Audi is expanding their VR dealership experience and testing has begun on a virtual training drive.
The German luxury automobile manufacturer is finally ready to bring their VR dealership experience to customers, having spent the last three years working on the simulation tool.
A Virtual Audi Dealership
Demonstrated at the 2016 Audi Tech Day in Munich, the Audi VR experience will allow you to virtually explore every last detail of a car in 3D 360-degrees just like you’re in a dealership. But in a way, this will be better than just walking around a showroom floor model, letting you select what car you want to experience, pick the color and options, view tech specs, and then drop the car into a preset environment. Some settings include Iceland, Paris — and even the moon.
The Audi VR experience will make use of both the HTC Vive and Oculus Rift headset, depending on where it will be shown, and will render vehicle data in real-time to show you the tiniest of details, such as the polish of the aluminum inlays or the various gloss levels of the paint finish depending on the position of the virtual light source.
For both Vive and Rift experiences, an Audi dealership consultant will request your desired configuration of the car, using a tablet to load every current model and equipment feature, from paint colors to wheels, exterior packages and seat upholstery to the infotainment modules.
The seated more compact version of the Audi VR experience will utilize the Rift and is designed for locations where space is limited. In this case, you will physically sit on a couch or an armchair in a dealership consultant’s office, starting you off behind the virtual steering wheel, but then transporting you to different positions outside the car.
The larger room-scale version is powered by the Vive and will be setup at the Munich airport. A play space of roughly 16 by 16 feet will be blocked off to let you move freely around the virtual car. This is where Audi says you’ll be able to toggle between a number of diverse VR environments like showing the car in Paris, Cannes, Iceland and the moon.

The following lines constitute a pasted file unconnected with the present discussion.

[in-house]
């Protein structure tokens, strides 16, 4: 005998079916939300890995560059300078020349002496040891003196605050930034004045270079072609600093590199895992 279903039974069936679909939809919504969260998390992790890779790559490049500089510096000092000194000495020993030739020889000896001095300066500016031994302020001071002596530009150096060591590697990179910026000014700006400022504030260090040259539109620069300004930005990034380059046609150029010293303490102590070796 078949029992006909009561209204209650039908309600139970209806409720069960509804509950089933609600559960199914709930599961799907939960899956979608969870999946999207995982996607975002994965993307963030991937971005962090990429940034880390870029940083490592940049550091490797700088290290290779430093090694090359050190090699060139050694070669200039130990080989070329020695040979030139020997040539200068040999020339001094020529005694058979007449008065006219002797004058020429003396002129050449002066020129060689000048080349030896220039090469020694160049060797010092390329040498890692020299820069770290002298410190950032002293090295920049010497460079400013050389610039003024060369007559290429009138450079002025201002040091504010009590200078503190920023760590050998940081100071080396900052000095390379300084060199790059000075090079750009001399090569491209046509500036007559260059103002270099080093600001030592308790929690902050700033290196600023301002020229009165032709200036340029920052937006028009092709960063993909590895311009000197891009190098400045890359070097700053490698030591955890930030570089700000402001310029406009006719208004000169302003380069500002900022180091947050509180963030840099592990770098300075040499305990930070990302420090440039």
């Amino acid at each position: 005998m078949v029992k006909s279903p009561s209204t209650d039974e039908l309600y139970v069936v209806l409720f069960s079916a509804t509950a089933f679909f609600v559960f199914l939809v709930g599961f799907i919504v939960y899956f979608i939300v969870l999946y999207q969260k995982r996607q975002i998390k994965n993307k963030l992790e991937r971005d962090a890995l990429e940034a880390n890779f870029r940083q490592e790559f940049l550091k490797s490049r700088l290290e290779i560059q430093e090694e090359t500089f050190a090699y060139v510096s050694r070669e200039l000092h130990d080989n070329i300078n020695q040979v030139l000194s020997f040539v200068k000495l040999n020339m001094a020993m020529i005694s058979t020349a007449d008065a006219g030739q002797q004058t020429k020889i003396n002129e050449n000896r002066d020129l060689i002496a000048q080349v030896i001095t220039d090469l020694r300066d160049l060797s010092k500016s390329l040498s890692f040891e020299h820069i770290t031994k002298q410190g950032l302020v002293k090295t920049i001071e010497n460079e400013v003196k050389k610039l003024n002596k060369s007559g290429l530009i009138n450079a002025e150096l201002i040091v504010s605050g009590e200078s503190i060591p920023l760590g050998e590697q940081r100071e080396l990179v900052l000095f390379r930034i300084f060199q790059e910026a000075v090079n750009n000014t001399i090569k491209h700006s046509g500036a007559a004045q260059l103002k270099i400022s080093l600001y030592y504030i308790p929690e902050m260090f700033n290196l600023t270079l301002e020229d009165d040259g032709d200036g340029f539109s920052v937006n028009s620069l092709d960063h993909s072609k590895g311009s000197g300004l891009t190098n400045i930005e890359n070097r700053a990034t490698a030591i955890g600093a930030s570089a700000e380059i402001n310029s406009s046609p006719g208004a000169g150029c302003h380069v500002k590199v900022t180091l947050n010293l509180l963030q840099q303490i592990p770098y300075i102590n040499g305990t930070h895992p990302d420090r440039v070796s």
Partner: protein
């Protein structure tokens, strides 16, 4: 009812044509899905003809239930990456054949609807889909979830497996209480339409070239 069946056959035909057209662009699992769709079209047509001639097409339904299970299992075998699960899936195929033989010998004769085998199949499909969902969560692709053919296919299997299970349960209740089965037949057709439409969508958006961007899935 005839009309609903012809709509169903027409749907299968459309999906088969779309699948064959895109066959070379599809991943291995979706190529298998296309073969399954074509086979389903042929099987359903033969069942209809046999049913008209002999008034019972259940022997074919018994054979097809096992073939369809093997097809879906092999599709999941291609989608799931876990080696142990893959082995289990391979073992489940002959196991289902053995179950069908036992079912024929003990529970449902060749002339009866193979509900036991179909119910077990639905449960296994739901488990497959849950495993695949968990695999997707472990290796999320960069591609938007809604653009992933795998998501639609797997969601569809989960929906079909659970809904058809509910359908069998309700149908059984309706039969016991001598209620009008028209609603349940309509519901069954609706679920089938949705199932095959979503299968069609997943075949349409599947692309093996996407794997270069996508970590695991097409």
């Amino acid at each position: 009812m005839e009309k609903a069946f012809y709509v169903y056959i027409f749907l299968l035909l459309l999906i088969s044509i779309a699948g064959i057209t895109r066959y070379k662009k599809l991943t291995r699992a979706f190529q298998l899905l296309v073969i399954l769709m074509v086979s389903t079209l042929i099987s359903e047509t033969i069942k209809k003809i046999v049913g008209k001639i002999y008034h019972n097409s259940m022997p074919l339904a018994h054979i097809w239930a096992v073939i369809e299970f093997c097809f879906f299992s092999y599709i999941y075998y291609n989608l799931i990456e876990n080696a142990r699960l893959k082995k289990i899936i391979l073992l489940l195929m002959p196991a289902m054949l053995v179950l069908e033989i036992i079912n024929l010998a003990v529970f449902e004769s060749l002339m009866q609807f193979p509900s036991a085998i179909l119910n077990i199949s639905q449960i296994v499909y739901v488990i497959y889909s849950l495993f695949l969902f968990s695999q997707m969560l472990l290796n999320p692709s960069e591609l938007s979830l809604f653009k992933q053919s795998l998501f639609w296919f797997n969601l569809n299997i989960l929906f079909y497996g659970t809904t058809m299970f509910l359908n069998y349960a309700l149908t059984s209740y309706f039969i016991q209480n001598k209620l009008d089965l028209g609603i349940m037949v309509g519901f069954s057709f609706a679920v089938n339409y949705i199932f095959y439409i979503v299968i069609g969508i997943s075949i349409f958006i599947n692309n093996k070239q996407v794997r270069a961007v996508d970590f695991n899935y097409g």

Prototype use of the Audi VR experience began in late 2014 but Audi only recently completed their last pilot phase in the past few months. Now with a green light, the automobile manufacturer will begin rolling out the VR experience to dealerships, with updated versions coming in the next few months.
The Audi Virtual Training Car
In addition to highlighting their VR dealership experience, Audi also showed off the Audi Virtual Training Car, an Audi A4 equipped with a virtual reality headset for the driver. The VR driving simulation relies on a heavily modified Oculus Rift DK2 headset and lets you experience realistic driving scenarios that would require emergency braking assistance.
But this isn’t your normal VR driving simulator one might expect, instead Audi is letting you experience their Pre Sense City technology all while driving behind the wheel of an actual moving car. The hope is that with this system, Audi dealers worldwide will be able to demonstrate the effectiveness of the Audi emergency braking assistance system to their customers convincingly and in rich detail.
During the demonstration, the Virtual Training Car moved along a wide-open testing ground with the driver in headset. The moment a pedestrian stepped into the car’s virtual path in the simulation, Audi Pre Sense City brought the car to an abrupt stop.
To fully immerse the driver in the simulation, a head tracker was mounted on the rear seat to measure the driver’s head movements via infrared tracking markers on the back of the Rift headset. A high-precision differential GPS located the Virtual Training Car on the driving surface with an accuracy down to two centimeters (0.8 in) and together with a position sensor in the car, detected the car’s movements to determine the precise position in the simulation. All of this was being run off a PC stored in the trunk of the Audi A4, sending data to the VR headset and to the touchscreen in front of the passenger seat. Should you as the driver leave the permissible course area, a warning is issued so that the trainer in the passenger seat can intervene, if necessary, via the parking brake.
Technologies for portraying virtual cars have been in use at Audi since 2012. But with new headsets on the market like the HTC Vive and Oculus Rift making VR more accessible and scalable to dealership locations, this is probably the technology Audi and their customers have been waiting for to make the sometimes mundane task of car shopping — an experience you’ll never forget.